2.|--                0.0%    10  185.6 185.8 185.2 188.3   0.9
  7.|--            0.0%    10  186.2 186.3 185.9 186.6   0.2

Above, hop 1 is the gateway0 interface on the gateway server, then is the default gateway for that server, then come some in-between hops, and the final hit is the target.

If you only look at the output of ip route, however, it’s not immediately obvious that the WireGuard VPN is the default gateway:

$ ip route
default via dev enp1s0 proto dhcp src metric 100 dev wg0 proto kernel scope link src dev enp1s0 proto kernel scope link src metric 100 dev enp1s0 proto dhcp scope link src metric 100 

That’s because WireGuard is using fwmarks and policy routing. WireGuard cannot simply set the wg0 interface as the default gateway: that traffic needs to reach the specified endpoint on port 51000/UDP outside of the VPN tunnel.

If you want to dive deeper into how this works, check ip rule list, ip route list table 51820, and consult the documentation on “Linux Policy Routing”.

DNS leaks

The traffic is now being routed through the VPN to the gateway server that you control, and from there onwards, to the Internet at large. The local network you are in cannot see the contents of that traffic, because it’s encrypted. But you are still leaking information about the sites you access via DNS.

When the laptop got its IP address in the local (untrusted) network it is in, it likely also got a pair of IPs for DNS servers to use. These might be servers from that local network, or other DNS servers from the internet like or When you access an internet site, a DNS query will be sent to those servers to discover their IP addresses. Sure, that traffic goes over the VPN, but at some point it exits the VPN, and then reaches those servers, which will then know what you are trying to access.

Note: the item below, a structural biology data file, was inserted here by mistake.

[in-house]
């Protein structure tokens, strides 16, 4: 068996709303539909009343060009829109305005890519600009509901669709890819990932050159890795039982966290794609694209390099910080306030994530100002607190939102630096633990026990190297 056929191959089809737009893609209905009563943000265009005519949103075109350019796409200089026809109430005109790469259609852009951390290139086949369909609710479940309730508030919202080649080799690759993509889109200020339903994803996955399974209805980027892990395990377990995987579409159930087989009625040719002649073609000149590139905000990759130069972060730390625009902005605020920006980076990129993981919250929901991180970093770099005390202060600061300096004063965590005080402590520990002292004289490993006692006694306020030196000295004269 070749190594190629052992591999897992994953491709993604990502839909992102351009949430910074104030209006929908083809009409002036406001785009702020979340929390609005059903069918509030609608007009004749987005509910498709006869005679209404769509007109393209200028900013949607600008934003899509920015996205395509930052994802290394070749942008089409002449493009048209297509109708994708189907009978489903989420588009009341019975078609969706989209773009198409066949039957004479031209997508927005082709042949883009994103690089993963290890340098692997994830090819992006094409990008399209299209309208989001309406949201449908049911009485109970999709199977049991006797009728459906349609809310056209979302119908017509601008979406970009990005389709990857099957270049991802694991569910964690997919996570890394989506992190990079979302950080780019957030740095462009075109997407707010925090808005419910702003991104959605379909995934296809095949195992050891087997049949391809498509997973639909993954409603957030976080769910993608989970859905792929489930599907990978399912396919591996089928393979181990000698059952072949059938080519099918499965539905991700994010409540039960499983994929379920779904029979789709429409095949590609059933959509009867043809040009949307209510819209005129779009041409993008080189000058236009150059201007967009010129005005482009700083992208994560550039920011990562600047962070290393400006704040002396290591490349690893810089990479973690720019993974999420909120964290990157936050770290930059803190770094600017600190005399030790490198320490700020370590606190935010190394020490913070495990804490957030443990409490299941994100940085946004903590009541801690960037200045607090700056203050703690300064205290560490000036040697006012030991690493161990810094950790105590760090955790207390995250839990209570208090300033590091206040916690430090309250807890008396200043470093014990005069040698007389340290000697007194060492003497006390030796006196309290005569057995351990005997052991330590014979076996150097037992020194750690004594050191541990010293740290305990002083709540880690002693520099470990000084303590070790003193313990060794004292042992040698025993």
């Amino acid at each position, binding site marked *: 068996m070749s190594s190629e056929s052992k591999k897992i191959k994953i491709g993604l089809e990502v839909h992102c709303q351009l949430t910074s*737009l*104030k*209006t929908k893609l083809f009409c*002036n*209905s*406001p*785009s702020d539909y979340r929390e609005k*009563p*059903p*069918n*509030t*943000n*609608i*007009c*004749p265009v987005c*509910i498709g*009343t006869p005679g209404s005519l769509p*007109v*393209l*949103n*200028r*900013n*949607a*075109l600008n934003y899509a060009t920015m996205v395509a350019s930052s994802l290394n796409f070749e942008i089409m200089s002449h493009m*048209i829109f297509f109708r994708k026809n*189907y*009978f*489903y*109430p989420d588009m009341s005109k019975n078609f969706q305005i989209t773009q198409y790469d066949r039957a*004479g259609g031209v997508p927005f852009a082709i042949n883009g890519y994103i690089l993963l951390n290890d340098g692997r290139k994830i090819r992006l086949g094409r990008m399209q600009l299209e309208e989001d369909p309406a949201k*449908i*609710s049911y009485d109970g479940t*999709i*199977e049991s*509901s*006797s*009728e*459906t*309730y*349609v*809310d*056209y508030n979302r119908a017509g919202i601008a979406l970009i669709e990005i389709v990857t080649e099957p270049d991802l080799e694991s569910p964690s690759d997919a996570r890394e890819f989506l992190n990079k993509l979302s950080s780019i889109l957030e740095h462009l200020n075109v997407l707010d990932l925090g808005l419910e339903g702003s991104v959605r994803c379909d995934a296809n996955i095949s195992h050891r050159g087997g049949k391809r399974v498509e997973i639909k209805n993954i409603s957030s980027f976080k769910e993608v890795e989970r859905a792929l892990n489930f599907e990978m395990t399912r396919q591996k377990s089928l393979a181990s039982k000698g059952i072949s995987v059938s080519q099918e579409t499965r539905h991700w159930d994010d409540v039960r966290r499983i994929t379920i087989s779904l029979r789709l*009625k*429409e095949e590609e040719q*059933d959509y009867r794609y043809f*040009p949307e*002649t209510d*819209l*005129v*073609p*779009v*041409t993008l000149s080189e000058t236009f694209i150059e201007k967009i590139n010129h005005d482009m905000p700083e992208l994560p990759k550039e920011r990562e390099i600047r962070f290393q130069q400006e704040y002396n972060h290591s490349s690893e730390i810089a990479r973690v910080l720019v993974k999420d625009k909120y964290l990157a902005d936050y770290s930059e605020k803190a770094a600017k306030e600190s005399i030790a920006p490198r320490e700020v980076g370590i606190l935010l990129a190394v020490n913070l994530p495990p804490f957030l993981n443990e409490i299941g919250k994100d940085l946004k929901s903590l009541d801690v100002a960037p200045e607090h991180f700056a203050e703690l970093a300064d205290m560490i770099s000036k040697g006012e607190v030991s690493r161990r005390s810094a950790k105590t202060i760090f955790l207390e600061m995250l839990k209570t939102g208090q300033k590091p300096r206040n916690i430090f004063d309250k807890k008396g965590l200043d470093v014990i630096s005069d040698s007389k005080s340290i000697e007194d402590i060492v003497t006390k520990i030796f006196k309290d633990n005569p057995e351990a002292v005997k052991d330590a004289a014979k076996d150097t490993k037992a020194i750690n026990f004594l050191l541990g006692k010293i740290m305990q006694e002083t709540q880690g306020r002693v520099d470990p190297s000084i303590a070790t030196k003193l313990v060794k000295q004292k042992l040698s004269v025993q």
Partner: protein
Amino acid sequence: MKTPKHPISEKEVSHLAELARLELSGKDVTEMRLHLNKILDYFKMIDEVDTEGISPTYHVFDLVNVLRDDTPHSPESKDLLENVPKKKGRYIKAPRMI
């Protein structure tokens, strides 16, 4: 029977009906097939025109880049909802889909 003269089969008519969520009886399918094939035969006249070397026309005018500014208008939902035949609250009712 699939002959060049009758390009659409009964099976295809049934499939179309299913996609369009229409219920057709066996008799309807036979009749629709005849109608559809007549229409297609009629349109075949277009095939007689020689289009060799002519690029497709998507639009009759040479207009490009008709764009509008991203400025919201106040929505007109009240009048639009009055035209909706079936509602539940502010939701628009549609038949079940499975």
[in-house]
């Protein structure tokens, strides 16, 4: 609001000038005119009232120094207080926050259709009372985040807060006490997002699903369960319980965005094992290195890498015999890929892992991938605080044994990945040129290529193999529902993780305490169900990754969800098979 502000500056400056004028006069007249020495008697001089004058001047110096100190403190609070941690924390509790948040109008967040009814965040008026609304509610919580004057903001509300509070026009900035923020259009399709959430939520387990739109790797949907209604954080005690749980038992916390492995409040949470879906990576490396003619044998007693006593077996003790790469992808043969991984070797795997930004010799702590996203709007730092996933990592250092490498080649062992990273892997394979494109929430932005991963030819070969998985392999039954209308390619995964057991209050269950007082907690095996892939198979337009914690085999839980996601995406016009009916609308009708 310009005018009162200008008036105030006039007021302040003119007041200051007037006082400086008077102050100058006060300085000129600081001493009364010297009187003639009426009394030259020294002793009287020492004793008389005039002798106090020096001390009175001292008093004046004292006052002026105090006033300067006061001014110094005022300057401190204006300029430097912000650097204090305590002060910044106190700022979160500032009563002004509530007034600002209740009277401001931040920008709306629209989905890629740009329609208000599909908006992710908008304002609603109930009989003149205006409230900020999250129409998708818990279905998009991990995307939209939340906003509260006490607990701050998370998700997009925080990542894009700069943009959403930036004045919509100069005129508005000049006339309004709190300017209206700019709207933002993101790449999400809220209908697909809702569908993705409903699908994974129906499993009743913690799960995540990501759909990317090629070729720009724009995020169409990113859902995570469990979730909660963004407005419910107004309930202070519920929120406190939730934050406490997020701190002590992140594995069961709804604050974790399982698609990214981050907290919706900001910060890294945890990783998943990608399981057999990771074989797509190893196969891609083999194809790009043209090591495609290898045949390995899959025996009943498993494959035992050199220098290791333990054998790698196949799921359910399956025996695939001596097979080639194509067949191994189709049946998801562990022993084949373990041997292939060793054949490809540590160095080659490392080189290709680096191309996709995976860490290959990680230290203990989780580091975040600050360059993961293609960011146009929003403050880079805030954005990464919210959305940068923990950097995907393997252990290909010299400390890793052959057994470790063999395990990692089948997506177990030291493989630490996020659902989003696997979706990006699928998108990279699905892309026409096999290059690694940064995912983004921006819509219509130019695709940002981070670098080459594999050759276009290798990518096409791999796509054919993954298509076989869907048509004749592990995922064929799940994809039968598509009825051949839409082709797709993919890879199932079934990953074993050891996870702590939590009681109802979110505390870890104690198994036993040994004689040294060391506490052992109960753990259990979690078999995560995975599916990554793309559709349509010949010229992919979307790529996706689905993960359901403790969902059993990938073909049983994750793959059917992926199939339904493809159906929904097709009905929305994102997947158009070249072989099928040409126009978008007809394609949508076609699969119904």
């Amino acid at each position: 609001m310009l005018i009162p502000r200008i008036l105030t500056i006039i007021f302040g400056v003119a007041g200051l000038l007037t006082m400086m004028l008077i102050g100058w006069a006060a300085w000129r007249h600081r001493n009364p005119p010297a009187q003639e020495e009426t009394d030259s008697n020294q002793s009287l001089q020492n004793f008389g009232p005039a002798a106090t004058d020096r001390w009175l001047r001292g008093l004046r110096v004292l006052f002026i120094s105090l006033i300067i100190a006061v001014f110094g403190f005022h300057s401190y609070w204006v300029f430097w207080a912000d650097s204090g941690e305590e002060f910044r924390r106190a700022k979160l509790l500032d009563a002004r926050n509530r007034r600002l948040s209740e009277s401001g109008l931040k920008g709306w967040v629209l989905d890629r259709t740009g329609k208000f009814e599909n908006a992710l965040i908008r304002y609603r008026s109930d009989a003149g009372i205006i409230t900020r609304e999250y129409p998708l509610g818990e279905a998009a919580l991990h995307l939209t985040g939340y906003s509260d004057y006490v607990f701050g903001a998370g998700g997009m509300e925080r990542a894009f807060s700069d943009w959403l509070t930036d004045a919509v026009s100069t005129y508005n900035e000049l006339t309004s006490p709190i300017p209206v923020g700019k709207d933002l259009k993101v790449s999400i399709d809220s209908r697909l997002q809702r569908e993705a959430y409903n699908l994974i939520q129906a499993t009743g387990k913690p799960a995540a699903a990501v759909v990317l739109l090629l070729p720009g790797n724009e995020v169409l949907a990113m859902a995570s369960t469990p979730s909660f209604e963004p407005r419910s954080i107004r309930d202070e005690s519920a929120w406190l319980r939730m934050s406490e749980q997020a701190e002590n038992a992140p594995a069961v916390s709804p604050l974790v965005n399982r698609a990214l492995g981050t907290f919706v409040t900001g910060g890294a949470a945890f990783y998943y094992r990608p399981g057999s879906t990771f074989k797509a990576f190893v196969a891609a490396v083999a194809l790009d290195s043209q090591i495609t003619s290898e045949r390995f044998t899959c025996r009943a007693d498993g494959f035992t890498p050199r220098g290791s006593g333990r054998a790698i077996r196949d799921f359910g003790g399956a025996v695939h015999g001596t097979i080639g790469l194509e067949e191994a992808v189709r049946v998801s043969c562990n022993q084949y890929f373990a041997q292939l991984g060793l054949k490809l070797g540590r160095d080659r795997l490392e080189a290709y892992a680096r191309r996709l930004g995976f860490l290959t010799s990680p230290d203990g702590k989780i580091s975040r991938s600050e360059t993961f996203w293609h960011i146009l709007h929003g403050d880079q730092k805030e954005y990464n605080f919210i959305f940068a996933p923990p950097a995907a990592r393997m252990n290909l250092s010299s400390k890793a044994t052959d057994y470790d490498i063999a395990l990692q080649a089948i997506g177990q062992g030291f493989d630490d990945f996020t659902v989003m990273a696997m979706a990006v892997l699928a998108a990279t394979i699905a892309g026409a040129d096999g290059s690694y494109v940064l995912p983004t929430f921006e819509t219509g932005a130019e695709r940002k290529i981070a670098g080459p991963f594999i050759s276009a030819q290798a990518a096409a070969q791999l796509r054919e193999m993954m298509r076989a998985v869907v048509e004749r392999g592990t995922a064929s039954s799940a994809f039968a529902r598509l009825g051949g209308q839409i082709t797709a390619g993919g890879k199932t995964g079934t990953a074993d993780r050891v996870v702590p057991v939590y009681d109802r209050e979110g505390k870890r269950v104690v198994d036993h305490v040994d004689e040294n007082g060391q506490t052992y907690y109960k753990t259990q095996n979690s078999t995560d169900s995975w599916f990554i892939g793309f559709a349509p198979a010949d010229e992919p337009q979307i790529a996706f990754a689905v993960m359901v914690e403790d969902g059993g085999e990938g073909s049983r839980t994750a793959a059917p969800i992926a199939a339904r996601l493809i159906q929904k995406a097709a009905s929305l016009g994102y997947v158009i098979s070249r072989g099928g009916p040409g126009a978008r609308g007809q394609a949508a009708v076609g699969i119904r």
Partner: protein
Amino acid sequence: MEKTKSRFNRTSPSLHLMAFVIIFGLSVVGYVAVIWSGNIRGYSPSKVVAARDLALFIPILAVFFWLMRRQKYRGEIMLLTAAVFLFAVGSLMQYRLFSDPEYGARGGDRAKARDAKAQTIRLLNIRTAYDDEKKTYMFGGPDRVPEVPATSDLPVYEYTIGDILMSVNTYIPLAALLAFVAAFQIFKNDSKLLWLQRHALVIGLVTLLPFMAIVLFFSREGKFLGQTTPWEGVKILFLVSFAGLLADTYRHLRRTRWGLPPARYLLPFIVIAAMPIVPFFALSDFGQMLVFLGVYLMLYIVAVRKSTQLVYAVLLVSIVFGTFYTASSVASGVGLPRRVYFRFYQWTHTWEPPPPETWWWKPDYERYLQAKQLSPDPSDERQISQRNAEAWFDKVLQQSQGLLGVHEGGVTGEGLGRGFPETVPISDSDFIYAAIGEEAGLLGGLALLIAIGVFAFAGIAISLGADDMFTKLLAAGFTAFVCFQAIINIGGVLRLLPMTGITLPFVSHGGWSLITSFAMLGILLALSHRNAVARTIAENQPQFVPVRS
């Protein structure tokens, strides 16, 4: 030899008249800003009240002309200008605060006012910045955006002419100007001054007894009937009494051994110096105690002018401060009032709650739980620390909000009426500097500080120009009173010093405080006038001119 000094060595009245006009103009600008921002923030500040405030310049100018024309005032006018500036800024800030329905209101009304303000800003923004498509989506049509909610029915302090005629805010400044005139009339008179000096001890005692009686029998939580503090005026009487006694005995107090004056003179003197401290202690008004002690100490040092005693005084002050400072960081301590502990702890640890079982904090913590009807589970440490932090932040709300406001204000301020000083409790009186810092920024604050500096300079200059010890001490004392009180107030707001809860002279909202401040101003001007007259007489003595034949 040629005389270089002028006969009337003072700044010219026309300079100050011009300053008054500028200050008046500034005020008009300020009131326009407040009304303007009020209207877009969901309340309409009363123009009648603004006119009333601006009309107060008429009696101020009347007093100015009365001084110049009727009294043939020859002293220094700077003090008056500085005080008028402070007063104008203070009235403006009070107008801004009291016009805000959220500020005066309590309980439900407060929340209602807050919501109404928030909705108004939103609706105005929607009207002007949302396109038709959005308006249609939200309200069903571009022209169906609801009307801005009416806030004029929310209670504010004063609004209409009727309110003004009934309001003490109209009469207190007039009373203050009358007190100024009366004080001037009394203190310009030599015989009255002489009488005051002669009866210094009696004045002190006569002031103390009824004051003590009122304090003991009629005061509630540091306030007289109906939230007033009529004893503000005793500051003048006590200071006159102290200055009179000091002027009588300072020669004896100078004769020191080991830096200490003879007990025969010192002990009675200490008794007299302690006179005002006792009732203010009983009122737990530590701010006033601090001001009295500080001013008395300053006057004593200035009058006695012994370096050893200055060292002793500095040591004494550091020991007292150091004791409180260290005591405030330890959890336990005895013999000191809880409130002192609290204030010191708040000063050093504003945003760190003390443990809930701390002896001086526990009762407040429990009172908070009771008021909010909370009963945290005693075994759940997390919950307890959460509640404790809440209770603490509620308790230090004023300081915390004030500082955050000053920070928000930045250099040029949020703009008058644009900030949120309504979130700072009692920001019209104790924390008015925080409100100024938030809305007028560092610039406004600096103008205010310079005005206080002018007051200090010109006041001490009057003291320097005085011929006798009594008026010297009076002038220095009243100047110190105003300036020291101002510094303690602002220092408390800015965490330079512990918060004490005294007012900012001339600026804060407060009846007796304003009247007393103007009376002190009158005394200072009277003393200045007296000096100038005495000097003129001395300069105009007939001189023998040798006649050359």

There are DNS leak detectors out there, and if you want a quick check you can try out It will tell you which DNS servers your connection is using, and it’s up to you if you trust them or not. You might be surprised that even if you are in a conference network, for example, using a default gateway VPN like the one described here, you are still using the DNS servers from the conference infrastructure. In a way, the DNS traffic is leaving your machine encrypted, and then coming back in clear text to the local DNS server.

There are two things you can do about this: select a specific DNS server to use for your VPN connection, or install your own DNS server.

Selecting a DNS server